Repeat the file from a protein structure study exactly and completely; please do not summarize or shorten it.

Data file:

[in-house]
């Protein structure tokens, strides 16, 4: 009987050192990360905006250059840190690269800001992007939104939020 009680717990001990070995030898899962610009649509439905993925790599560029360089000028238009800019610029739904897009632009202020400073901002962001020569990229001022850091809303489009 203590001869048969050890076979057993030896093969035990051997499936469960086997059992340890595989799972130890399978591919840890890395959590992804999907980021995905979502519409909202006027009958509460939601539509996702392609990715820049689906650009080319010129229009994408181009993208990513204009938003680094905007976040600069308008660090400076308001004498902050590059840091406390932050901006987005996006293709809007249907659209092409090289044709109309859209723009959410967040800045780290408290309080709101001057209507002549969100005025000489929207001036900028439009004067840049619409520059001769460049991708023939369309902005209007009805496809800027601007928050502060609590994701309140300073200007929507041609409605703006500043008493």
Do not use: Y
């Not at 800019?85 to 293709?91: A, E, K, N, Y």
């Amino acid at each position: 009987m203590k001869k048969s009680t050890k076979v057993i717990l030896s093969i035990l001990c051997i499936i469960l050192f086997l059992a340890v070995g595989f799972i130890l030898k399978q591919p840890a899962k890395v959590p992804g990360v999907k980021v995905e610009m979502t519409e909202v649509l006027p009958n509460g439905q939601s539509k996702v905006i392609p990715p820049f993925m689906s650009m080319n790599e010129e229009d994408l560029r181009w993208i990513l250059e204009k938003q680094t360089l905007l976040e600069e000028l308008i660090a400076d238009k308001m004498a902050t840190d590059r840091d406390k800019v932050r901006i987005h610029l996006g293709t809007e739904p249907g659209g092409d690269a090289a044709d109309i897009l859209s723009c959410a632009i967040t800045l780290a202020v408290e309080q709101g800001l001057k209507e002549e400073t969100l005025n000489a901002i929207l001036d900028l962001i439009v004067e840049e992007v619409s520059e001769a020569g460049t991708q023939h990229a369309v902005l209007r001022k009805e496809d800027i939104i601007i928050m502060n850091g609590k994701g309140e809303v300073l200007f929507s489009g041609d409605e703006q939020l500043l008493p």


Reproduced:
[in-house]
């Protein structure tokens, strides 16, 4: 009987050192990360905006250059840190690269800001992007939104939020 009680717990001990070995030898899962610009649509439905993925790599560029360089000028238009800019610029739904897009632009202020400073901002962001020569990229001022850091809303489009 203590001869048969050890076979057993030896093969035990051997499936469960086997059992340890595989799972130890399978591919840890890395959590992804999907980021995905979502519409909202006027009958509460939601539509996702392609990715820049689906650009080319010129229009994408181009993208990513204009938003680094905007976040600069308008660090400076308001004498902050590059840091406390932050901006987005996006293709809007249907659209092409090289044709109309859209723009959410967040800045780290408290309080709101001057209507002549969100005025000489929207001036900028439009004067840049619409520059001769460049991708023939369309902005209007009805496809800027601007928050502060609590994701309140300073200007929507041609409605703006500043008493």
Do not use: Y
């Not at 800019?85 to 293709?91: A, E, K, N, Y």
């Amino acid at each position: 009987m203590k001869k048969s009680t050890k076979v057993i717990l030896s093969i035990l001990c051997i499936i469960l050192f086997l059992a340890v070995g595989f799972i130890l030898k399978q591919p840890a899962k890395v959590p992804g990360v999907k980021v995905e610009m979502t519409e909202v649509l006027p009958n509460g439905q939601s539509k996702v905006i392609p990715p820049f993925m689906s650009m080319n790599e010129e229009d994408l560029r181009w993208i990513l250059e204009k938003q680094t360089l905007l976040e600069e000028l308008i660090a400076d238009k308001m004498a902050t840190d590059r840091d406390k800019v932050r901006i987005h610029l996006g293709t809007e739904p249907g659209g092409d690269a090289a044709d109309i897009l859209s723009c959410a632009i967040t800045l780290a202020v408290e309080q709101g800001l001057k209507e002549e400073t969100l005025n000489a901002i929207l001036d900028l962001i439009v004067e840049e992007v619409s520059e001769a020569g460049t991708q023939h990229a369309v902005l209007r001022k009805e496809d800027i939104i601007i928050m502060n850091g609590k994701g309140e809303v300073l200007f929507s489009g041609d409605e703006q939020l500043l008493p």